Getting the best measure of the business

In today's disciplined and methodical business environment, benchmarking is coming to play a leading role.

In today's disciplined and methodical business environment, benchmarking is coming to play a leading role.

It is vital to establish what the best practice is, to understand why the winners in each business sector are successful, and to keep on measuring how you are doing with a view to continuous improvement.

Benchmarking can be performed business-wide, covering all activities, using techniques such as ISO 9000 or balanced scorecard, or it can be used within the IT operation on a standalone basis, using measuring techniques such as Cobit (Control Objectives for Information and Related Technology), and process standards such as ITIL (IT Infrastructure Library).

Identify objectives

IT departments have naturally gravitated to benchmarking, as CIOs tend to be highly numerate, and as IT operations lend themselves to measurement more than other areas of the business, such as marketing.

The first thing to do, say the experts, is to get clear in your mind what your objectives are.

You can measure your IT operations with a view to implementing and then tracking improvements, or with a view to comparing them with perceived best practice elsewhere, so identifying areas where you are falling short.

Pure measurements of factors such as cost per transaction are only part of the story.

John Handby, chief executive of user group CIO Connect, says, "You either benchmark because you want to check your operational quality of service, or to speed things up, or maybe your approach is more qualitative than quantitative, which is significantly more difficult."

Sharpen performance

John Parker, director of improvement services at user group The Corporate IT Forum, says, "Companies use benchmarking extensively to compare performance with their peers, but they are increasingly concentrating on benchmarking to drive change and improved performance, rather than just to find out how they rank."

Whatever you are measuring, it is only the first part of the process.

There also has to be in place a mechanism for implementing any changes which the benchmarking process indicates are necessary, and then further measurement at a later stage to ensure that the desired changes have been put into effect.

Benchmarking, by its nature, becomes an integral process to the running of an organisation, not merely a one-off health check.

Tony Lock, senior analyst at Bloor Research, says, "This is about pushing IT out from being pure infrastructure to being of demonstrable value."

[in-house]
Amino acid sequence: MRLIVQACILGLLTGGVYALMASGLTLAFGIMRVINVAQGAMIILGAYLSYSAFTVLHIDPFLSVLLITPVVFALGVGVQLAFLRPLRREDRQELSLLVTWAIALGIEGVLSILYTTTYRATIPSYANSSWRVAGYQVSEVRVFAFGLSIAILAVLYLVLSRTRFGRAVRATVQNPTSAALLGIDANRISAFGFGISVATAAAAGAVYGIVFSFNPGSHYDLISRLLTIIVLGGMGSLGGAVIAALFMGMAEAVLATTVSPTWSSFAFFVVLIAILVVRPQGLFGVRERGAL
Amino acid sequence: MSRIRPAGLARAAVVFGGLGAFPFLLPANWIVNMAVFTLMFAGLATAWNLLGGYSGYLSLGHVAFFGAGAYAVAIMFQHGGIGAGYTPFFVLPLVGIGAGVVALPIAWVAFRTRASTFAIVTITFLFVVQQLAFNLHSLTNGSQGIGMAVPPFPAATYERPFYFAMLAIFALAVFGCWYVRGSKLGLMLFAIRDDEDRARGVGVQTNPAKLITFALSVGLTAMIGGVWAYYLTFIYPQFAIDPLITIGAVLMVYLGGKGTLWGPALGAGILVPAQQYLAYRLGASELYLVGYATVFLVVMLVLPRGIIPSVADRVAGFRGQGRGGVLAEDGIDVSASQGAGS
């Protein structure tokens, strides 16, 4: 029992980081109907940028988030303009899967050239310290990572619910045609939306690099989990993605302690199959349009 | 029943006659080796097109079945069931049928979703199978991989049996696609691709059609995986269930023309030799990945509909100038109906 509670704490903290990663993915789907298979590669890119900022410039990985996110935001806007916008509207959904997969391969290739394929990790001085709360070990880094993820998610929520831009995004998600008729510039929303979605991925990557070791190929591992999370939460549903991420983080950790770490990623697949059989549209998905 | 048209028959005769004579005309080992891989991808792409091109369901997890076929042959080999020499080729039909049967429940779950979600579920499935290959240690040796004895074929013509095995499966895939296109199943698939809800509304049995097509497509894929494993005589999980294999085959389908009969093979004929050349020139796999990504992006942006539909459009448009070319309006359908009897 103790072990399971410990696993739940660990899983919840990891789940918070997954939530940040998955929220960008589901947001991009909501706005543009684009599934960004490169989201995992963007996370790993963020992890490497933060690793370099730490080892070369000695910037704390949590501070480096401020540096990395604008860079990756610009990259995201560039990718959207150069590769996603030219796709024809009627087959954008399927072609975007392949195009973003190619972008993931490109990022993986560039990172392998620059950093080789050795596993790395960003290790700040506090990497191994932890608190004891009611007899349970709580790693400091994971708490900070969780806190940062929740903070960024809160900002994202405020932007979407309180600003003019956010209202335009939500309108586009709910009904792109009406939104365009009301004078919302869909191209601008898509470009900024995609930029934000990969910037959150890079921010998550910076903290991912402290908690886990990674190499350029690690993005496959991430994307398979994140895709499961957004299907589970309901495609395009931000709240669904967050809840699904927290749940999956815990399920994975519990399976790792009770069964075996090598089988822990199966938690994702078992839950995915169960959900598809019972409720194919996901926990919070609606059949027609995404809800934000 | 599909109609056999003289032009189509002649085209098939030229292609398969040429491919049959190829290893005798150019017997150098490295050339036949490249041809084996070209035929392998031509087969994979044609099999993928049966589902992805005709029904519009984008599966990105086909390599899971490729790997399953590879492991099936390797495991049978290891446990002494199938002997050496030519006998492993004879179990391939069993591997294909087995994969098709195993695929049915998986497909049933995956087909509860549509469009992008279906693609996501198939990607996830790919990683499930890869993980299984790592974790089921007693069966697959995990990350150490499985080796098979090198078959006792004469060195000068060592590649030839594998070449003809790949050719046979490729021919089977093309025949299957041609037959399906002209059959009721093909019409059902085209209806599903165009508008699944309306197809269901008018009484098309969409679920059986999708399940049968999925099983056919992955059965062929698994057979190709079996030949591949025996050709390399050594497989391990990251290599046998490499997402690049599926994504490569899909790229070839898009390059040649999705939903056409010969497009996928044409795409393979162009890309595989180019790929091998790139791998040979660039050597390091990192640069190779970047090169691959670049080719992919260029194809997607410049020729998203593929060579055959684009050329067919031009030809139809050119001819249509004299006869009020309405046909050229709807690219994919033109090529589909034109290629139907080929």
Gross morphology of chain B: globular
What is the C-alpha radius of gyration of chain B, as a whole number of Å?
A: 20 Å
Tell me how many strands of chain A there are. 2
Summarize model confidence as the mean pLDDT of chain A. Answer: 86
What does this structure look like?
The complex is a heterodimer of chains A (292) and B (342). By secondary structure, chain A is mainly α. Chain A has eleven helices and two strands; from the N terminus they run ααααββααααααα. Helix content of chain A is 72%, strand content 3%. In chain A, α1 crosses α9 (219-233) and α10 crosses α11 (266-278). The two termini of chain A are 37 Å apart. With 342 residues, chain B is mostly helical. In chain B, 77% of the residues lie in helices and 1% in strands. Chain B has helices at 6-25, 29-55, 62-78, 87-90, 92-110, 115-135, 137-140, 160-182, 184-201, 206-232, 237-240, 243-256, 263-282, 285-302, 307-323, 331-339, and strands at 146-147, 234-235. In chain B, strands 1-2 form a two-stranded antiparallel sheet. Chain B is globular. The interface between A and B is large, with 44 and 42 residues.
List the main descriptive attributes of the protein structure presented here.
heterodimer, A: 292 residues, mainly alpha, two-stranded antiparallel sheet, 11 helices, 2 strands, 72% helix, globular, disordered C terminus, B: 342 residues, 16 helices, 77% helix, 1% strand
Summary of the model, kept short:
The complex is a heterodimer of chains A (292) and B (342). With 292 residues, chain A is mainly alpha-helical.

Outsourcing

One factor that can cause problems is outsourcing. David Roberts, chief executive of The Corporate IT Forum, says, "Questions about which parts of the business consume which parts of IT can be impossible to answer."

The solution is to ensure that the contract with the service provider organisation is drawn up in a way that harmonises with all of the company's benchmarking requirements.

Benchmarking IT is not a simple cure-all: it is a complex, ongoing process, which needs to be tied in to business objectives.

Ideally benchmarking exercised for IT should be run as part of a company-wide process and integrated with any other benchmarking activities in other departments.

Parker says, "CIOs need to help the board to clarify corporate strategy, without which IT performance will always miss the mark. Benchmarking helps to achieve this."

There also needs to be a fine balance drawn between the findings of such measurements and the business-based value judgments of senior executives. "Getting the right CIO is more important than adding up the pennies," says Handby.

 

Why use benchmarking?

  • "We use benchmarking to demarcate where we are underperforming, where we are effective, and where we have deficiencies."

David Clayden, UK IT director of the Salvation Army and chairman of the UK Charities'Consortium IT Directors Group

  • "It is a classic way to keep a clear understanding of where we are on price and service to our users is by benchmarking, and the best way of benchmarking is when the market does it for you. It is cheaper than consultants."

Thomas Endres, chief information officer, Lufthansa

 

User groups help CIOs share data

 

There is a growing trend for IT directors to reduce their dependence on consultants and share benchmarking information and approaches. Among the user groups that facilitate this are:

  • The Corporate IT Forum. The UK-group based runs a well-developed subscription-based service called CPI (Continuous Performance Improvement)
  • EuroCIO. The pan-European organisation holds benchmarking workshops as part of its annual conference
  • UKgroup CIO Connect runs a regular benchmarking forum.

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